If Prime Minister Najib Abdul Razak was serious about “moments of unity”, he should address the legitimate grievances of the Orang Asal in Borneo, said DAP veteran Lim Kit Siang in a statement.
In Sabah, this includes recognising the significance of Batu Sumpah (Oath Stone), a constitutional document in stone in Keningau, he said in conjunction with the 52nd Anniversary of Batu Sumpah.
The government, added Lim, should comply with the three key points enshrined on Batu Sumpah, no religion in Sabah; land a state matter; and respect for the Adat and culture, customs and traditions of the Orang Asal.
Lim, who is Gelang Patah MP and DAP Parliamentary Leader, also urged resolution of the illegal immigrant phenomenon in Sabah.
“The problem has gone on for more than two-generations,” pointed out Lim. “It’s changing not only the demography but also politics in the country.”
He warned the illegal immigrant problem has grave security implications in Sabah.
Thirdly, Lim proposed a Royal Commission of Inquiry (RCI) on the Malaysia Agreement 1963 (MA63) and 20 Points, the basis for Sabah and Sarawak to federate with Malaya.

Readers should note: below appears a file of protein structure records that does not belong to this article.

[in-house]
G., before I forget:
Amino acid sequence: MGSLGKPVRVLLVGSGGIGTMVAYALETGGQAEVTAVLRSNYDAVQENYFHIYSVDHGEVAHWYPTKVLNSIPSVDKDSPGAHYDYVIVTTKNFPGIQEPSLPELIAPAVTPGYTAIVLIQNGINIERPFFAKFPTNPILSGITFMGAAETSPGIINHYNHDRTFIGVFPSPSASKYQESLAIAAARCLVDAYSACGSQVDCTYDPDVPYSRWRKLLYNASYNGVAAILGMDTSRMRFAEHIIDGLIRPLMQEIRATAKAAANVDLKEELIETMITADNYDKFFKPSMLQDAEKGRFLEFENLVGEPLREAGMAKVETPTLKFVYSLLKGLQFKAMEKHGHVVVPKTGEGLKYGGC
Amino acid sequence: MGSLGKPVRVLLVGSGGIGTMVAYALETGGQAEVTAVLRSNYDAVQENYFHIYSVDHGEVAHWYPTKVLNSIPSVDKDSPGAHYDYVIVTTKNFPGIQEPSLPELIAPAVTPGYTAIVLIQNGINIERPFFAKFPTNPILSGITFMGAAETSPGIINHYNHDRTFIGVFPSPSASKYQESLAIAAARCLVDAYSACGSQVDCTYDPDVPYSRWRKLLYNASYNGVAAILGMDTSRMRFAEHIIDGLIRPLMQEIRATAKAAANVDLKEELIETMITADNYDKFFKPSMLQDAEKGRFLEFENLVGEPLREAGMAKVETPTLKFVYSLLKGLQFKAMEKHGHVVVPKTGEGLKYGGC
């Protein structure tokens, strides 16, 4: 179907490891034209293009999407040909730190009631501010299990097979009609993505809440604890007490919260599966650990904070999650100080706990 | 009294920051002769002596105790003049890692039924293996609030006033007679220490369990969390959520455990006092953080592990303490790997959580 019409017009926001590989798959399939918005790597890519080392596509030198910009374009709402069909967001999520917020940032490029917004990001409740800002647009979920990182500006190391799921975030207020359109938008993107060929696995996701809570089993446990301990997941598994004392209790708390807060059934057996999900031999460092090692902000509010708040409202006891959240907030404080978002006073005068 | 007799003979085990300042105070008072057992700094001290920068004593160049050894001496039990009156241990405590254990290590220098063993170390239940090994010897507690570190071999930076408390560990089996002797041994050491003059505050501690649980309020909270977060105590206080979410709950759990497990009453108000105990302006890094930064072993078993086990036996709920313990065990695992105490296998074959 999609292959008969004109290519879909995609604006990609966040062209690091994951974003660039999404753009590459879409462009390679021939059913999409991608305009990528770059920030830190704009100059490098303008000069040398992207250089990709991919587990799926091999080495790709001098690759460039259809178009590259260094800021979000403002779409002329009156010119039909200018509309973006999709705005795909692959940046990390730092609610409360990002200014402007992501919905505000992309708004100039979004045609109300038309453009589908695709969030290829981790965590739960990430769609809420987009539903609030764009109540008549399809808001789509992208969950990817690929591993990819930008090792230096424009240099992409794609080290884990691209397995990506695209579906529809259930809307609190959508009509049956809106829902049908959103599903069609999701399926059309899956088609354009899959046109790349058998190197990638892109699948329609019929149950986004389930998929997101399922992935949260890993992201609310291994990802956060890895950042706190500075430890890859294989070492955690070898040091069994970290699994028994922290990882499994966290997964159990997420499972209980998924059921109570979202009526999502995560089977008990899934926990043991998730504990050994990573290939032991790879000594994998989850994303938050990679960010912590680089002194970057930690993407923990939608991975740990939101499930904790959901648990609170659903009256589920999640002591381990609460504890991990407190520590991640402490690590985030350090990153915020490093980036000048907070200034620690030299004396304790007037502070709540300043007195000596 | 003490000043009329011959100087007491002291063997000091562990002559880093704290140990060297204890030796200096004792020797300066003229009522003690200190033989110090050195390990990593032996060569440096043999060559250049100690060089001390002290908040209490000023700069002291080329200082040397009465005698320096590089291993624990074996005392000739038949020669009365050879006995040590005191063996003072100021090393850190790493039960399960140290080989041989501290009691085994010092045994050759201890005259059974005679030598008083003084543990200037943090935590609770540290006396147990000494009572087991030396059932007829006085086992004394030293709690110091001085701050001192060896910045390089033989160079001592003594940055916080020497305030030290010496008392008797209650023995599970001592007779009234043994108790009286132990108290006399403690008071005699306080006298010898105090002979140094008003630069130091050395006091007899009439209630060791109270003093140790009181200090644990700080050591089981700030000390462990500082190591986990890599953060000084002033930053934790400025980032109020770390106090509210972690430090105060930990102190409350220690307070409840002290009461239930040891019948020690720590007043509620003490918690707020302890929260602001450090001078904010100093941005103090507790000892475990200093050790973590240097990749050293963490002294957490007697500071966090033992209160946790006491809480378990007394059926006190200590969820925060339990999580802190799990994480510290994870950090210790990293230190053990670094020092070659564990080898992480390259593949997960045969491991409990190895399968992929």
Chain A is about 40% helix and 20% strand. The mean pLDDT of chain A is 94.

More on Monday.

After more than five-decades of Malaysia, he reminded, it was high time the two Borneo nations were accorded their legitimate rights and powers.
Finally, he agrees with PBS Acting President and Federal Minister Maximus Ongkili that “skipped facts” in history text books should be addressed. “Among the skipped facts are Batu Sumpah, MA63 and the 20 Points.”
He welcomed Ongkili announcing a working committee to study the “skipped facts”.
He expressed the hope the Education Ministry would reinsert the “skipped facts” in history text books. “We need the facts on the formation of Malaysia.”
Batu Sumpah was officially in place in Keningau on 31 August 1964. The Federal Government was represented by Cabinet Minister Tan Sri V. Manickavasagam.